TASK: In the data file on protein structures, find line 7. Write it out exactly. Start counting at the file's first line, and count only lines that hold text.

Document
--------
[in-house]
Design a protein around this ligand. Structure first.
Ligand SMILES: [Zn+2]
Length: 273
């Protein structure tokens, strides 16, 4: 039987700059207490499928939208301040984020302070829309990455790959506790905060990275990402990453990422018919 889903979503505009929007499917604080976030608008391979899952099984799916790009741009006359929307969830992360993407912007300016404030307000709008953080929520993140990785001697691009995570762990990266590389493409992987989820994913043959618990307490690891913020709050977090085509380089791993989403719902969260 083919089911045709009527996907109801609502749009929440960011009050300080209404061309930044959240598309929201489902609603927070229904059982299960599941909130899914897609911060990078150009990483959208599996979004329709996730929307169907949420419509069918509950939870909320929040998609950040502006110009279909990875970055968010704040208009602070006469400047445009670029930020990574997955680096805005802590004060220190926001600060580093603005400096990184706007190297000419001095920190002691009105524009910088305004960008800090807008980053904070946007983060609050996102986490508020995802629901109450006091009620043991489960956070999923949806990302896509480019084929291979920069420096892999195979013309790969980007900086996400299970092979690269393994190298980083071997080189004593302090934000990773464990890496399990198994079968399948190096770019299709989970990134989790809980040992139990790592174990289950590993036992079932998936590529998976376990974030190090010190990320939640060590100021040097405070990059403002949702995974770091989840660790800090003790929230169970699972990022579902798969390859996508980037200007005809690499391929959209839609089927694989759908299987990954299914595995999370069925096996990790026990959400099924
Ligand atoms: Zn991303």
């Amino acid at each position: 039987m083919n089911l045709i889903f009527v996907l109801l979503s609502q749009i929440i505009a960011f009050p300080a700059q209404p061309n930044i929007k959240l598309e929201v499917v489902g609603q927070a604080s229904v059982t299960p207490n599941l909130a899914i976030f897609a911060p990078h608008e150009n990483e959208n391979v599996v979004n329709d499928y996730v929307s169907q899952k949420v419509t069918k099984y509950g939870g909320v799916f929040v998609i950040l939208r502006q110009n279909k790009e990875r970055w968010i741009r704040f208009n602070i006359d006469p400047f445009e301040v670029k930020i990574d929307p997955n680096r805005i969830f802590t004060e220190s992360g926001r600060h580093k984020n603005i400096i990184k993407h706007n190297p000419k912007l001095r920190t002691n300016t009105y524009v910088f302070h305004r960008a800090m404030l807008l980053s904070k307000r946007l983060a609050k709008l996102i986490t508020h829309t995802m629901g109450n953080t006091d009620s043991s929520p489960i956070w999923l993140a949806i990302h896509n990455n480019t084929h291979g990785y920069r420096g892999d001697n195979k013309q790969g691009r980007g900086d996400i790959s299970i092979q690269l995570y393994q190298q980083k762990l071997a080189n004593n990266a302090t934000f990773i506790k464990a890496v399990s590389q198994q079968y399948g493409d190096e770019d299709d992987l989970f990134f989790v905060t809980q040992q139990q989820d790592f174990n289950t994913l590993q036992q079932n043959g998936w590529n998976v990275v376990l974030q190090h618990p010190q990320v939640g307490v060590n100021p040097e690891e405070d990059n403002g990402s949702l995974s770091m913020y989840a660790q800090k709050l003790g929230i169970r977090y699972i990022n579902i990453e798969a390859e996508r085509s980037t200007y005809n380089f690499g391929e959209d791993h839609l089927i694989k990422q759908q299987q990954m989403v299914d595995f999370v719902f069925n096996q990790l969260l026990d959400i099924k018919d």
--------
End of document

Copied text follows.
């Amino acid at each position: 039987m083919n089911l045709i889903f009527v996907l109801l979503s609502q749009i929440i505009a960011f009050p300080a700059q209404p061309n930044i929007k959240l598309e929201v499917v489902g609603q927070a604080s229904v059982t299960p207490n599941l909130a899914i976030f897609a911060p990078h608008e150009n990483e959208n391979v599996v979004n329709d499928y996730v929307s169907q899952k949420v419509t069918k099984y509950g939870g909320v799916f929040v998609i950040l939208r502006q110009n279909k790009e990875r970055w968010i741009r704040f208009n602070i006359d006469p400047f445009e301040v670029k930020i990574d929307p997955n680096r805005i969830f802590t004060e220190s992360g926001r600060h580093k984020n603005i400096i990184k993407h706007n190297p000419k912007l001095r920190t002691n300016t009105y524009v910088f302070h305004r960008a800090m404030l807008l980053s904070k307000r946007l983060a609050k709008l996102i986490t508020h829309t995802m629901g109450n953080t006091d009620s043991s929520p489960i956070w999923l993140a949806i990302h896509n990455n480019t084929h291979g990785y920069r420096g892999d001697n195979k013309q790969g691009r980007g900086d996400i790959s299970i092979q690269l995570y393994q190298q980083k762990l071997a080189n004593n990266a302090t934000f990773i506790k464990a890496v399990s590389q198994q079968y399948g493409d190096e770019d299709d992987l989970f990134f989790v905060t809980q040992q139990q989820d790592f174990n289950t994913l590993q036992q079932n043959g998936w590529n998976v990275v376990l974030q190090h618990p010190q990320v939640g307490v060590n100021p040097e690891e405070d990059n403002g990402s949702l995974s770091m913020y989840a660790q800090k709050l003790g929230i169970r977090y699972i990022n579902i990453e798969a390859e996508r085509s980037t200007y005809n380089f690499g391929e959209d791993h839609l089927i694989k990422q759908q299987q990954m989403v299914d595995f999370v719902f069925n096996q990790l969260l026990d959400i099924k018919d």